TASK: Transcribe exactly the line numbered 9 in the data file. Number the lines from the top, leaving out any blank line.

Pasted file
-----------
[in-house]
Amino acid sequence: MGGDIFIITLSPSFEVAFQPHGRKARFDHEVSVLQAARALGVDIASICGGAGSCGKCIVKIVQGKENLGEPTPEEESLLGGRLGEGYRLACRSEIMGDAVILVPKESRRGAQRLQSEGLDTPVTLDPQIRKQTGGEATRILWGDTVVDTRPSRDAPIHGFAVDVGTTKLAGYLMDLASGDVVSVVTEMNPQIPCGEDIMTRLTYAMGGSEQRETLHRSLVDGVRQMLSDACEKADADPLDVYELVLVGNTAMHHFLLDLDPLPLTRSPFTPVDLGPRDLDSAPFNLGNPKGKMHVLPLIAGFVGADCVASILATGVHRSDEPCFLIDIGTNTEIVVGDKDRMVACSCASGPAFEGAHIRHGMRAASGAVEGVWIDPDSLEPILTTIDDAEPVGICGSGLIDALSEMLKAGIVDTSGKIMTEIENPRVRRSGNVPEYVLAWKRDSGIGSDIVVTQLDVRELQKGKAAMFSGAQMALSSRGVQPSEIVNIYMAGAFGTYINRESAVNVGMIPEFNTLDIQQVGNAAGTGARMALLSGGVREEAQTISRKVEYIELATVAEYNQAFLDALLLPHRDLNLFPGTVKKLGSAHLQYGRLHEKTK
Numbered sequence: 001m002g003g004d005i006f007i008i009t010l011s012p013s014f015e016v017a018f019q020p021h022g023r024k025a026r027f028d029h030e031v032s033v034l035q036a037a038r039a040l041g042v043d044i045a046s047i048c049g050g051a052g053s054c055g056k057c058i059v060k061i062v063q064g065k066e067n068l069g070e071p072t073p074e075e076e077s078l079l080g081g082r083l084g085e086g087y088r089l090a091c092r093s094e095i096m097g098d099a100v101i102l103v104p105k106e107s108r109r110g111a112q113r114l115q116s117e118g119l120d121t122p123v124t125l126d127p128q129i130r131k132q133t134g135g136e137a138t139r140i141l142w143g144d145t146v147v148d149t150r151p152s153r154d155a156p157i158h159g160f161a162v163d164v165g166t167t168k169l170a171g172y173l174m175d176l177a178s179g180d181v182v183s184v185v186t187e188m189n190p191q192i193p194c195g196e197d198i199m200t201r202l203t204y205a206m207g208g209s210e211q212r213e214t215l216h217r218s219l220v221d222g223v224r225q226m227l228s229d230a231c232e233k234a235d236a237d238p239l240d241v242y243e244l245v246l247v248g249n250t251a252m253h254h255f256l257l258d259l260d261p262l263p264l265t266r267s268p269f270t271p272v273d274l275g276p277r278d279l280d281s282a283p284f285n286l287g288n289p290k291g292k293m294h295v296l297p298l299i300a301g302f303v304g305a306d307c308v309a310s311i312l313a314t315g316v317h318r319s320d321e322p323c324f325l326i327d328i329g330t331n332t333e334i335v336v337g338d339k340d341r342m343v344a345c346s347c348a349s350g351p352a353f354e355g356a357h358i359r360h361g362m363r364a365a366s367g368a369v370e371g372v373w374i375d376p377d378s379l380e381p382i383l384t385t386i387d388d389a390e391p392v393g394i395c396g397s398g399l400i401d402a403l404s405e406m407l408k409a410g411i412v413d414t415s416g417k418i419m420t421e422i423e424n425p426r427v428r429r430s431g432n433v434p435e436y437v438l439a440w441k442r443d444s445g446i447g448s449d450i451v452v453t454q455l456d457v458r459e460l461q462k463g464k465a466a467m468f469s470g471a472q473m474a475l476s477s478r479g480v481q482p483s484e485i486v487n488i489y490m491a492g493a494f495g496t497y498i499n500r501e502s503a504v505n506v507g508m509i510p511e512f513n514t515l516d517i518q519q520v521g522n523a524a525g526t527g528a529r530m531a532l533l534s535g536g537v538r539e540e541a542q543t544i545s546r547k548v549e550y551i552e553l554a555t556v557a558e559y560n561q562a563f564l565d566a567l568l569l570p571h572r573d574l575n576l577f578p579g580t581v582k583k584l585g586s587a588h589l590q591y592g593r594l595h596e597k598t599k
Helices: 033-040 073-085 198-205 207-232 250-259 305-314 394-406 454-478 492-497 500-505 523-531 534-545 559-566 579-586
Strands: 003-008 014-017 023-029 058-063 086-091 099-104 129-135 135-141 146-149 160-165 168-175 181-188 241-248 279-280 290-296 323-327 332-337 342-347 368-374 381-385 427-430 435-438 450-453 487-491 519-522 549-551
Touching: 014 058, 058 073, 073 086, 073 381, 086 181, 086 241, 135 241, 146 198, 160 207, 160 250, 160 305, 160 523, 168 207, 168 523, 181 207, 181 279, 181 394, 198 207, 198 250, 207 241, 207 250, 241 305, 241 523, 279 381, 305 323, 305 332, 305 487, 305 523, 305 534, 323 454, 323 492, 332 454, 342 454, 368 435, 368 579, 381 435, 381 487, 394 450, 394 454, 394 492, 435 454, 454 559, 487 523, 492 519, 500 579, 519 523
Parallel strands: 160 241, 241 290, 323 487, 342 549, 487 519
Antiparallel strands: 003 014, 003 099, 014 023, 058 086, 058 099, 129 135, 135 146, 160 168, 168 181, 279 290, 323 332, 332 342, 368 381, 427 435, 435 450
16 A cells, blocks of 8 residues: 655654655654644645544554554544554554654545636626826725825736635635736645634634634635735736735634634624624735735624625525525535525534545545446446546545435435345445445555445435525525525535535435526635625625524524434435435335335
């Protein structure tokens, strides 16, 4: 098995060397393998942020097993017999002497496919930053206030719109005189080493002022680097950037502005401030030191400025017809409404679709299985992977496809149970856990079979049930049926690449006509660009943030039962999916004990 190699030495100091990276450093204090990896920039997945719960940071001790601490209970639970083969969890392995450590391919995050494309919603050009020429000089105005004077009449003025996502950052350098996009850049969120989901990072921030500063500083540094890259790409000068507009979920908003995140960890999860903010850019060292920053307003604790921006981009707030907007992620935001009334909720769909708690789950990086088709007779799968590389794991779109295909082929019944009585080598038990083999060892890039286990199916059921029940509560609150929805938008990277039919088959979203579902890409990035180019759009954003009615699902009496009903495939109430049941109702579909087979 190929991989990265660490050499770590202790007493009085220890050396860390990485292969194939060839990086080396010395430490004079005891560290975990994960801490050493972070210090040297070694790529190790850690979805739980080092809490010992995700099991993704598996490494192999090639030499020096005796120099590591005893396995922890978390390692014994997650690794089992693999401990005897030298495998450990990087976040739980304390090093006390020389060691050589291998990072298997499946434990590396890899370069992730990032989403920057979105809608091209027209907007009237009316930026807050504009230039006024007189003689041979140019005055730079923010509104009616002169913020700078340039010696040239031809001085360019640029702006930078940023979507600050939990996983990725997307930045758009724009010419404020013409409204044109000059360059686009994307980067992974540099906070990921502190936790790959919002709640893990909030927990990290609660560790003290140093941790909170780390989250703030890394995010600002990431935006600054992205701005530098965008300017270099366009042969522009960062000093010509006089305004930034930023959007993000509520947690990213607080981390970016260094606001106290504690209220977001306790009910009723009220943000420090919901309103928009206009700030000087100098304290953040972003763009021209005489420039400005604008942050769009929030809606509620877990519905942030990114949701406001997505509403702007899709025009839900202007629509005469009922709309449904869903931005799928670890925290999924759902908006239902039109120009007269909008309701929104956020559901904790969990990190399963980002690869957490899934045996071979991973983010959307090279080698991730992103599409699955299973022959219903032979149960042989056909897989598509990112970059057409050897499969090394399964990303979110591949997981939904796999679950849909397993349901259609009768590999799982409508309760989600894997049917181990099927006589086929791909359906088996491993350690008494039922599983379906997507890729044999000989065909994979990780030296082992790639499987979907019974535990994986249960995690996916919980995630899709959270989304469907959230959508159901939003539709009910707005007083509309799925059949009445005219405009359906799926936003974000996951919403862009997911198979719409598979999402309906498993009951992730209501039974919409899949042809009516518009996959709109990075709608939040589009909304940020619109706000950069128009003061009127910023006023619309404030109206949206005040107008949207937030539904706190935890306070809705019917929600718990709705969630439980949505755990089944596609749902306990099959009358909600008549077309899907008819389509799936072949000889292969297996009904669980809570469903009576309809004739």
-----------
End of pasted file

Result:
16 A cells, blocks of 8 residues: 655654655654644645544554554544554554654545636626826725825736635635736645634634634635735736735634634624624735735624625525525535525534545545446446546545435435345445445555445435525525525535535435526635625625524524434435435335335